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on 10 March 2007
I tried to read this as slowly as possible to prolong the sheer self-hugging joy of it all but, of course,I was unequal to the task. Swept along by the helter-skelter pace of the story line, I paused only to look up all the words and references with which I was not familiar. (Quite a few, as usual, when reading Mr Hill). To describe the plot would probably render me fit only for a Dalzielesque verbal broadside from other readers, so all I can do is recommend it with all my heart.
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I loved this book. I have read every Dalziel and Pascoe book and looked forward to each new one with delight. With Arms and The Woman however I thought Hill had finally lost the plot, and I was so disappointed I have never approached them in the same way since. Luckily this is a classic and a real return to form. Pascoe goes it alone in this one with Fat Andy hovering between life and death caught up in what looks like a terrorist explosion. Having said that, Dalziel dominates the book as usual, leaving Pascoe desperately trying to catch up. Hector gets to shine here too, becoming a much more rounded and interesting character. Fantastic.
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VINE VOICEon 27 January 2008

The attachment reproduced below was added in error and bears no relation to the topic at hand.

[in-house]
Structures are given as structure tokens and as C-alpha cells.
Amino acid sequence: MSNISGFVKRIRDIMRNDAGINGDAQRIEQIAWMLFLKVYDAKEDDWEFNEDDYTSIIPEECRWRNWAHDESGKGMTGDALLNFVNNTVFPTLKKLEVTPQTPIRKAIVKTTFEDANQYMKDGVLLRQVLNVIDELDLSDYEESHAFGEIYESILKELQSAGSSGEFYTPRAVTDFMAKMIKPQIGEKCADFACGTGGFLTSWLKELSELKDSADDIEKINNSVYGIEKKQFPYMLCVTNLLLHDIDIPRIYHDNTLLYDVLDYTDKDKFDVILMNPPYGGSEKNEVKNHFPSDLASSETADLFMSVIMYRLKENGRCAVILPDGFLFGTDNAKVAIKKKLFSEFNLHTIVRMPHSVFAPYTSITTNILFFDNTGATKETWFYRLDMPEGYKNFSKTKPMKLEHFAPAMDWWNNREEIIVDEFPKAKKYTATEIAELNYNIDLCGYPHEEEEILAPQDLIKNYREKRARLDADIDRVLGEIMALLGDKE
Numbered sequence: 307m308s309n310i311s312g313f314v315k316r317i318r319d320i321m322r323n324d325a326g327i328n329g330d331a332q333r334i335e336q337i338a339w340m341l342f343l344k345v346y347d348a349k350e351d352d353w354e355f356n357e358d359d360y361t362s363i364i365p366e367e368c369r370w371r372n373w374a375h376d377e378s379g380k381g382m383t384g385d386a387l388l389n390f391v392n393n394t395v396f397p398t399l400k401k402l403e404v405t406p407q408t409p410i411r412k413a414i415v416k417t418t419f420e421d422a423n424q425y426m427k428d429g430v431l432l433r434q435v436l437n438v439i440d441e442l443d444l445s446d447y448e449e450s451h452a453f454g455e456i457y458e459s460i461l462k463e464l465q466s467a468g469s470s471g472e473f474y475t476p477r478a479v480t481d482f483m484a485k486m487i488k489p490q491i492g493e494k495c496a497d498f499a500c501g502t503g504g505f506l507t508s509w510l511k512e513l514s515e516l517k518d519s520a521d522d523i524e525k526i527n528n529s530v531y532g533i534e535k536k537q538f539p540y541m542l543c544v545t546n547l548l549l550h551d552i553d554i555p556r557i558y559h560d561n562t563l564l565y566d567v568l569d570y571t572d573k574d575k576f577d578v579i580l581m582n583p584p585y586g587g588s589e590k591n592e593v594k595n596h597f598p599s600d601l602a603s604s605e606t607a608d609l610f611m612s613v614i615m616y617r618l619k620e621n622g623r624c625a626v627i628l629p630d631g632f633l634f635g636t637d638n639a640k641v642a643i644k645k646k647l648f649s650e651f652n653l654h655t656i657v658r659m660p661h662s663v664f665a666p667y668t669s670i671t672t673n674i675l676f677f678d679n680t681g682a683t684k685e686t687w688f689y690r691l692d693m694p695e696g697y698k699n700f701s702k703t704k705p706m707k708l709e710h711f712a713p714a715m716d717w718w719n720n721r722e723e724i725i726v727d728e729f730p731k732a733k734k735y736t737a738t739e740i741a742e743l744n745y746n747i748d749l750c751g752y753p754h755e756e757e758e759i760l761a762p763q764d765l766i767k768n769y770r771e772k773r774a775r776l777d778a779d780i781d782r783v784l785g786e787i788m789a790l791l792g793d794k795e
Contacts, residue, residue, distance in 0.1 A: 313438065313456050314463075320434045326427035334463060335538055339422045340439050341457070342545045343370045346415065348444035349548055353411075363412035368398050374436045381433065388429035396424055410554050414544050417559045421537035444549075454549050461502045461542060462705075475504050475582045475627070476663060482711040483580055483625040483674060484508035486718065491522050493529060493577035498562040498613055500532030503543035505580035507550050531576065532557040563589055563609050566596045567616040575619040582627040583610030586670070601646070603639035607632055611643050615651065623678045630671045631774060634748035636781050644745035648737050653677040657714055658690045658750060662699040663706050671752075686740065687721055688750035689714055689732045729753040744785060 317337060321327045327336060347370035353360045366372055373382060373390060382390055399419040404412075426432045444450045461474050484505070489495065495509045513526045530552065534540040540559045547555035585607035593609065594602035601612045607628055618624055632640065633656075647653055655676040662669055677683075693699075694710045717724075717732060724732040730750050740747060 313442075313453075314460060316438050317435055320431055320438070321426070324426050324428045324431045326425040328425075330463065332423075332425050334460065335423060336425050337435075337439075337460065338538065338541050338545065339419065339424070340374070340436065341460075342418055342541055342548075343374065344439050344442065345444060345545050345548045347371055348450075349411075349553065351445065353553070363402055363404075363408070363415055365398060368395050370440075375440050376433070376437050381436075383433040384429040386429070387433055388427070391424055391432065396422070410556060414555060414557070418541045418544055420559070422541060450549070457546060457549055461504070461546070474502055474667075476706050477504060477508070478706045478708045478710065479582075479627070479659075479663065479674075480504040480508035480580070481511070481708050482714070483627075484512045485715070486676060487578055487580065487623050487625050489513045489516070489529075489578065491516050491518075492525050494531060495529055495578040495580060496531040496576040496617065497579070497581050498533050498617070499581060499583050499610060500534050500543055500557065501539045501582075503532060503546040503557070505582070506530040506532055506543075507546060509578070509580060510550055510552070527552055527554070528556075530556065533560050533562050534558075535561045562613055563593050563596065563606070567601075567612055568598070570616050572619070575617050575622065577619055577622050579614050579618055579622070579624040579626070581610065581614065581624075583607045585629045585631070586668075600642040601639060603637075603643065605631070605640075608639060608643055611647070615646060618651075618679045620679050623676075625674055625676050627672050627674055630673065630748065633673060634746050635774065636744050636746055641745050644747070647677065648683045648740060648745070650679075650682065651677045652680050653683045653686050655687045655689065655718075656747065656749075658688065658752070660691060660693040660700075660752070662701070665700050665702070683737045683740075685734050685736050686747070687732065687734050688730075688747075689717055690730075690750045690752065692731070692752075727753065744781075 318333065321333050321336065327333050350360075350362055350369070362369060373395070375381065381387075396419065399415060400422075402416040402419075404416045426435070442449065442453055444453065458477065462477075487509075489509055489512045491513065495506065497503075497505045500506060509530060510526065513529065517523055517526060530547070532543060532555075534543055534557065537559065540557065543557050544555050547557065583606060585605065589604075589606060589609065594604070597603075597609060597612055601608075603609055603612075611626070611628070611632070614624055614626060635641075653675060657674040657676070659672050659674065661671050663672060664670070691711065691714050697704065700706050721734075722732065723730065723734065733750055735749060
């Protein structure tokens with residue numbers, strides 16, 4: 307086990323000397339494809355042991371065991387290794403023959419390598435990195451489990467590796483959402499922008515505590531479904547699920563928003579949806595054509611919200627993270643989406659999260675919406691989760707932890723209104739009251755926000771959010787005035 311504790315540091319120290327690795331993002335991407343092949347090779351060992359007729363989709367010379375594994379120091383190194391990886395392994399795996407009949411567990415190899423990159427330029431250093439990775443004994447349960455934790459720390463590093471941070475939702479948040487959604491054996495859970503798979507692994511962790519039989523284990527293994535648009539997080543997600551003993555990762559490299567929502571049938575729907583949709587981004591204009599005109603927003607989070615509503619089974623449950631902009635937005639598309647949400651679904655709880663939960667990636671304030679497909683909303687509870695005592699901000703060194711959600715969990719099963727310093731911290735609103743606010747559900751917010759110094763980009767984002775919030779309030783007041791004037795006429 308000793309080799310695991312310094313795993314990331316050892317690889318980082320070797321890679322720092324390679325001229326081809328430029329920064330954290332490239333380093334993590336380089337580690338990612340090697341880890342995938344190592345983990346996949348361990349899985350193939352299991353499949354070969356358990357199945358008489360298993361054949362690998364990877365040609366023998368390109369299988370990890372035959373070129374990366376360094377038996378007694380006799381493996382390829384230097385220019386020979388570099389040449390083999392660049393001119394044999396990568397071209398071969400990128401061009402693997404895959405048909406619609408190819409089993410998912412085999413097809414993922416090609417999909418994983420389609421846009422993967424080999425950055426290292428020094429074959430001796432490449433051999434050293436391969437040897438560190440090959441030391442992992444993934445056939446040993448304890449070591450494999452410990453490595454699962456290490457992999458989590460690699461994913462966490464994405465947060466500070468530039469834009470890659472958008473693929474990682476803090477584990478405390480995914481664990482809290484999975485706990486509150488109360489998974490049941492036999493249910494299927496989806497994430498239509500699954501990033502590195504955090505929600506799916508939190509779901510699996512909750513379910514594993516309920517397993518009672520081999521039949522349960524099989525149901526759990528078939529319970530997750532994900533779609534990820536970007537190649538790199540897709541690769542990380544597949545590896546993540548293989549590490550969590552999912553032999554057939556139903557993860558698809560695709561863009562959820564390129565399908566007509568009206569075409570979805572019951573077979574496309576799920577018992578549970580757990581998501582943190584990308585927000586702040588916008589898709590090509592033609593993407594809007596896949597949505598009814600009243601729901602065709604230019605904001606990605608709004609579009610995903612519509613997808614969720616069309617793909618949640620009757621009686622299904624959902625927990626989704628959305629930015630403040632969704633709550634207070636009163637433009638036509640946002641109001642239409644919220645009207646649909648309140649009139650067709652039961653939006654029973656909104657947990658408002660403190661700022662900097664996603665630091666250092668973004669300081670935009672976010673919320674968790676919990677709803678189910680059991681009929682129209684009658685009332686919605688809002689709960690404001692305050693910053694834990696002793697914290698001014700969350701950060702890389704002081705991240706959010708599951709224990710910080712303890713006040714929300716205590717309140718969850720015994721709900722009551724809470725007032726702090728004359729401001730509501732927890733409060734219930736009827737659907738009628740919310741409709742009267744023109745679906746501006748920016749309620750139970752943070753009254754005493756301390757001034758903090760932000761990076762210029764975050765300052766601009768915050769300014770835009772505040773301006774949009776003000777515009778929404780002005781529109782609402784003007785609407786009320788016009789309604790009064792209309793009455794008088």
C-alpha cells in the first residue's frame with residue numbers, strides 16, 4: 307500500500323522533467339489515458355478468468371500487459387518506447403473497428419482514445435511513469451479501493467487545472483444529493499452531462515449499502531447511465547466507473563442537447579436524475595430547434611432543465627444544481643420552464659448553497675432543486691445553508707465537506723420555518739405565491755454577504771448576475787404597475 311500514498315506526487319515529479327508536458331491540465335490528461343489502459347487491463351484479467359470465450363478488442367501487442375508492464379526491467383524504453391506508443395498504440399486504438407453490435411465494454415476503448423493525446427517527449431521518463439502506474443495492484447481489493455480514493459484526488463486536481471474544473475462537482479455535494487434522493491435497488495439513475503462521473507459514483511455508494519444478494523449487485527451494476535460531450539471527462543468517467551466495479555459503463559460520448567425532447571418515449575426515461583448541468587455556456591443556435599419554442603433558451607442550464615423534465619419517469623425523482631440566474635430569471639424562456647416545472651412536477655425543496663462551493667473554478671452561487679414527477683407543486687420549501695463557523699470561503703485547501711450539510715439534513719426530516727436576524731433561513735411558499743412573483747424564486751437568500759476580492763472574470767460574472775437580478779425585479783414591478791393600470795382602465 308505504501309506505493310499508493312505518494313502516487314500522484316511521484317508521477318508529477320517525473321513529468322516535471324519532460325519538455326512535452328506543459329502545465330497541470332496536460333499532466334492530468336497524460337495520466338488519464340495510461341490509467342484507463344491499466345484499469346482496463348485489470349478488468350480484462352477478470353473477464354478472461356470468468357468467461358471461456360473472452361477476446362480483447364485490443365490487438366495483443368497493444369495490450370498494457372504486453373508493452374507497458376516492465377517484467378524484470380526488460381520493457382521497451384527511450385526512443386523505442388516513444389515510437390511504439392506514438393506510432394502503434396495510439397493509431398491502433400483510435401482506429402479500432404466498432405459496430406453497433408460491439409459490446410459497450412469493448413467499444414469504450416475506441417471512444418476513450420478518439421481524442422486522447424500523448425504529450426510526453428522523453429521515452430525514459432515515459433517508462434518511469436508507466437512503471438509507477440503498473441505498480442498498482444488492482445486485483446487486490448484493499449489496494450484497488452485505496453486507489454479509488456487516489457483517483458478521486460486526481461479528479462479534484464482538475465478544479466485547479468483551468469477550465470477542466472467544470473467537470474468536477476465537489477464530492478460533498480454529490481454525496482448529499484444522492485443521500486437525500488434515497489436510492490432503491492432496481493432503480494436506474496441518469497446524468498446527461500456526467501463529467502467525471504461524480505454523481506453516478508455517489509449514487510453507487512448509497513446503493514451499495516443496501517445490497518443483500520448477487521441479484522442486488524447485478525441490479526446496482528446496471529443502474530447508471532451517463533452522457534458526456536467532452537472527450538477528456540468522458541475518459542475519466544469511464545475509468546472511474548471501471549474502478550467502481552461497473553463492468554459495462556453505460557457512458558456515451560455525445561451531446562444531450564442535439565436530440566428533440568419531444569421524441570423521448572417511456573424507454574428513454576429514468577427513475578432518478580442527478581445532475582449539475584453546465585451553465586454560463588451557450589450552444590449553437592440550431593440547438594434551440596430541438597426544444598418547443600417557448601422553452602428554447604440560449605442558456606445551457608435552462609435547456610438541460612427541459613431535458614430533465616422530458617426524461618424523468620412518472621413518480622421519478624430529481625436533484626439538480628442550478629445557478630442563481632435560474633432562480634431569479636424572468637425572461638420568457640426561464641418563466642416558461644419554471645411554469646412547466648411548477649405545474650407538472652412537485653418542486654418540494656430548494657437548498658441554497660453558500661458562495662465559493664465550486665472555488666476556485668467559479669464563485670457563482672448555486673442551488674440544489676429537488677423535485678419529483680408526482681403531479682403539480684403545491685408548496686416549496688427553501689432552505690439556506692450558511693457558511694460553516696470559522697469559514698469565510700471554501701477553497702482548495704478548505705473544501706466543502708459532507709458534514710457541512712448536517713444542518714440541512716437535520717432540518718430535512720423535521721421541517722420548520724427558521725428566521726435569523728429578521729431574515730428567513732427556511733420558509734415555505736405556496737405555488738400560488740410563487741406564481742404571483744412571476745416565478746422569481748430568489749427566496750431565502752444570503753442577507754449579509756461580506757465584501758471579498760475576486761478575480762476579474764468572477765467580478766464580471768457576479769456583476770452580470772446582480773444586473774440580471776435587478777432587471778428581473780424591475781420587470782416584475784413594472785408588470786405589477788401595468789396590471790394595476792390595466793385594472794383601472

Through a succession of ever-better novels, beginning with 'A Clubbable Woman' in 1970 and culminating (for me) in 'On Beulah Height' in 1999, Reginald Hill estabnlished himself as one of the finest crime writers in the business and his heroes Dalziel and Pascoe as amongst the most believable and likeable detectives. After the superlative 'On Beulah Height', however, subsequent books (and especially 'Arms and the Women') seemed to lose their way somewhat.

Not so 'The Death of Dalziel', which brings a triumphant return of the very best qualities of the Dalziel and Pascoe series - a complicated plot (which I shall not, of course, reveal), well-paced writing, excellent characterisation and a blend of subtle wit and incisive commentary. Where crime novels are concerned, it doesn't get better than this - very highly recommended!
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VINE VOICEon 22 May 2007
It's the 22nd installment in the highly successful Dalziel and Pascoe police procedurals by Reginald Hill. Perhaps the title gives it added interest, but "The Death of Dalziel" is perhaps the most absorbing, even mesmerizing, episode in this highly successful series set in Yorkshire. Hill's books sometimes run the gamut, from the highly exciting (such as this one) to some that, frankly, seem, somehow, lacking, to be kind.

Lacking in characterization, however, is not one of Hill's weaknesses, as over the course of this series he's made us comfortable with his unforgettable players, from "the Fat Man" (Detective Superintendent Andy Dalziel) and his educated and precise Det. Chief Inspector Peter Pascoe through the regulars, Ellie Pascoe, Sgt., Wield, and Sgt. Hector.